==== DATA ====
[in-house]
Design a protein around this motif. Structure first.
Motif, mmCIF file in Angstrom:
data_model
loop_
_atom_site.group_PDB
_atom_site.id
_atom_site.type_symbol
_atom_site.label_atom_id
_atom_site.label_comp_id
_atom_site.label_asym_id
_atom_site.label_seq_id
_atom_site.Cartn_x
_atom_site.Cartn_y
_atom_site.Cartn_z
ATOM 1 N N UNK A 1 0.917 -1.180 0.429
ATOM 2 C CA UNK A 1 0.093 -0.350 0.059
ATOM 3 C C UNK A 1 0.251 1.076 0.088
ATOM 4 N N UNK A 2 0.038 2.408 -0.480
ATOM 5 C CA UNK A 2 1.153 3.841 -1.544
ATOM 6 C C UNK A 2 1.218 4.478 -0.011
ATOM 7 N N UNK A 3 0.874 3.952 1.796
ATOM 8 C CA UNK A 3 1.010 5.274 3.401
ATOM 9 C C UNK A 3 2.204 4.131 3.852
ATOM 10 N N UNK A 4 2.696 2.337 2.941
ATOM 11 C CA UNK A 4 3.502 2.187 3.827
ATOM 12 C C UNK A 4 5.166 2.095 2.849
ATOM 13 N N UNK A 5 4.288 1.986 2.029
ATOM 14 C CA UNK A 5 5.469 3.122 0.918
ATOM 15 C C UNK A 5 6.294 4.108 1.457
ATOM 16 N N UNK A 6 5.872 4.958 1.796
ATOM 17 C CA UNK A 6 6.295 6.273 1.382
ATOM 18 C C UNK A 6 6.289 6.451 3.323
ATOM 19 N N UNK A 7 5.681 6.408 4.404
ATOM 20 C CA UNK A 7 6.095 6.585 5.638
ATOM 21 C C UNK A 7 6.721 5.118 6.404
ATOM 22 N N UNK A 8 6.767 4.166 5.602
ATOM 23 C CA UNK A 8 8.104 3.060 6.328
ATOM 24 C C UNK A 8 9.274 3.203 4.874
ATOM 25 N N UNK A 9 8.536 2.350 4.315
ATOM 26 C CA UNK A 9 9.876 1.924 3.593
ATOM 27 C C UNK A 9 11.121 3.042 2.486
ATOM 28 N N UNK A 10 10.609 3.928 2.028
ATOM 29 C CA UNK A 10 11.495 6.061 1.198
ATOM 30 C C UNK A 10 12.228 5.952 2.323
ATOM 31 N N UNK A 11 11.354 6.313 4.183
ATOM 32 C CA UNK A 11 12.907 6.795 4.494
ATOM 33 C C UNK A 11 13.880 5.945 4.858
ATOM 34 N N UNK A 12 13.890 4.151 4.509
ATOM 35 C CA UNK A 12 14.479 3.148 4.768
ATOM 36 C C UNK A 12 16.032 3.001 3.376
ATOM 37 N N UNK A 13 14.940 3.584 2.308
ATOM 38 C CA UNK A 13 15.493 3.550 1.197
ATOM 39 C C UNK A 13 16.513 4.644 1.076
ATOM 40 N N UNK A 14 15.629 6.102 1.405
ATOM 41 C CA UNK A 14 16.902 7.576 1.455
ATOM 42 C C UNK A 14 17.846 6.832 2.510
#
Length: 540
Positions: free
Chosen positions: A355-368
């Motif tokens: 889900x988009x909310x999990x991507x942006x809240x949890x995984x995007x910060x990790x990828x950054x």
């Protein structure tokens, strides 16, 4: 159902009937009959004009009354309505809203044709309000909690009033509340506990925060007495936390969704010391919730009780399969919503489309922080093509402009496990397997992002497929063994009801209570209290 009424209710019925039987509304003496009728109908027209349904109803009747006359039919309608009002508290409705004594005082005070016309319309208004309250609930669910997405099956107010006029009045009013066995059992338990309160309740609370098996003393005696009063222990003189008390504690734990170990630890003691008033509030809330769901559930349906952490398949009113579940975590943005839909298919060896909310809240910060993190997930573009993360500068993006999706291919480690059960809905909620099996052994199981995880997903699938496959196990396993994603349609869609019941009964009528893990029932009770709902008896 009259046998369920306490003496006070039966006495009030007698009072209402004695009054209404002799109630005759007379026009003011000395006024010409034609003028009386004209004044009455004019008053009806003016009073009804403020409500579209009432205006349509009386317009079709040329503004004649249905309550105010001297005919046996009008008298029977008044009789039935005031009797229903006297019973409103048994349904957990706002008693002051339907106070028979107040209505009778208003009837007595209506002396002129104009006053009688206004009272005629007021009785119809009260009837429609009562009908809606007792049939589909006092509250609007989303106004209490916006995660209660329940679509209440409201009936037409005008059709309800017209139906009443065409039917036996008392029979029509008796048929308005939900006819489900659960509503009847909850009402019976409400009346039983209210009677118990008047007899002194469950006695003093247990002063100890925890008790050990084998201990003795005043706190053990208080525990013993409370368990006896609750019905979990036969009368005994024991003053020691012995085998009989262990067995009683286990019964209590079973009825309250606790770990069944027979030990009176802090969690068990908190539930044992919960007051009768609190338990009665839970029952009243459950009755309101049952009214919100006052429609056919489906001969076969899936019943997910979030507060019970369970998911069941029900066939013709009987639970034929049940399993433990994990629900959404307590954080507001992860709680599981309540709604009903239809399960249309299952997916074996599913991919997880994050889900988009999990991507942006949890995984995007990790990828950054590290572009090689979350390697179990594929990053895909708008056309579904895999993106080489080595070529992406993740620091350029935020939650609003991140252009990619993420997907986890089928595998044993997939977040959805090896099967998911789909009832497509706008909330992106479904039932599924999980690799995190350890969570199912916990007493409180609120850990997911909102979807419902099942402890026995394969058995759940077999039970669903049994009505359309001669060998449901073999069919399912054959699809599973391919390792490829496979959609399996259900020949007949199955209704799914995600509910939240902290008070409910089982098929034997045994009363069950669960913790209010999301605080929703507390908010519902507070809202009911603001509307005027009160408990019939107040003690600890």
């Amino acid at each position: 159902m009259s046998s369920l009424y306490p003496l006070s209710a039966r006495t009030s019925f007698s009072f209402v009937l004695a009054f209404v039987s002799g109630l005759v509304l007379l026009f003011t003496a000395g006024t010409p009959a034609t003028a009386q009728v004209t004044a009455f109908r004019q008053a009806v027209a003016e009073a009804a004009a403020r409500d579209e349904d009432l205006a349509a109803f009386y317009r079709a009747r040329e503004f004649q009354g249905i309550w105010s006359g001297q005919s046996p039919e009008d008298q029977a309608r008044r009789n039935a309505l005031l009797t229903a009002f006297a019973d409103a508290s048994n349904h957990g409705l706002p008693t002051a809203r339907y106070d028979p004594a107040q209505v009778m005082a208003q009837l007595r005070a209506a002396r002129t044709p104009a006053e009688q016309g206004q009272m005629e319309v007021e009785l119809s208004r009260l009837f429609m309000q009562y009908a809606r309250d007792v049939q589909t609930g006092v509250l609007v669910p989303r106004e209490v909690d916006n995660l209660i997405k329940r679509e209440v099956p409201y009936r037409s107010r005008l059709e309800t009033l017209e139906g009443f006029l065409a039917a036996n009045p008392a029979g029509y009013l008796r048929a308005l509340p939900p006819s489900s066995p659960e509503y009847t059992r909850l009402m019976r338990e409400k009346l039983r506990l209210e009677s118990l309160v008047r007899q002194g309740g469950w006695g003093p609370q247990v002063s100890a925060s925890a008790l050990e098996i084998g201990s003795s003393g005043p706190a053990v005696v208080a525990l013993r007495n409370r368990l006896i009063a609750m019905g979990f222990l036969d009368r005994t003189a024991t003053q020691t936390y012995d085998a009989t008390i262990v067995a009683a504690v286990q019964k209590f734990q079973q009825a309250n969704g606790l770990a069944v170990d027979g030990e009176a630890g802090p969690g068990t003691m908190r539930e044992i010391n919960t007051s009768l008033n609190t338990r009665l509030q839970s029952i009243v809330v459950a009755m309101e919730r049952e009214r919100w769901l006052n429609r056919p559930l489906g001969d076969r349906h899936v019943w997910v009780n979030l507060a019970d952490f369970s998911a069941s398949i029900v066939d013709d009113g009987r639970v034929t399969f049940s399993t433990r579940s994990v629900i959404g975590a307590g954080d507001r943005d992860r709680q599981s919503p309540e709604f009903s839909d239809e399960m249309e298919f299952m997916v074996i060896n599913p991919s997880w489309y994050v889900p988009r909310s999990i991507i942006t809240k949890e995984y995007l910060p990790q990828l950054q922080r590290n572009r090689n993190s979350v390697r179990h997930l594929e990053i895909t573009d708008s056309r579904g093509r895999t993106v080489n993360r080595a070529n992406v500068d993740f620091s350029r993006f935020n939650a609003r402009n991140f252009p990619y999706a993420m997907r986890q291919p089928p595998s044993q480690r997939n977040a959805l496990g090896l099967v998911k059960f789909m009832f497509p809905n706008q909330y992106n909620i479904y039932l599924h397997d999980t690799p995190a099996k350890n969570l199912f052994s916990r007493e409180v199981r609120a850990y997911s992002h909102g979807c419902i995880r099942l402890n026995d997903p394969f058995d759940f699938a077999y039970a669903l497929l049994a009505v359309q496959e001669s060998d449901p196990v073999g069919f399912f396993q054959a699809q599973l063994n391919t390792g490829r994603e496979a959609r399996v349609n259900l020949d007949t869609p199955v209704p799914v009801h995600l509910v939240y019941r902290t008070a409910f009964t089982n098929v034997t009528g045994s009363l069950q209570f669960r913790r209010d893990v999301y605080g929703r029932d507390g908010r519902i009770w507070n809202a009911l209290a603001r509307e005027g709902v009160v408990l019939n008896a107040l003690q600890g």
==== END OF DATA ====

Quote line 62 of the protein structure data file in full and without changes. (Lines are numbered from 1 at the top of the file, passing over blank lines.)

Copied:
């Motif tokens: 889900x988009x909310x999990x991507x942006x809240x949890x995984x995007x910060x990790x990828x950054x």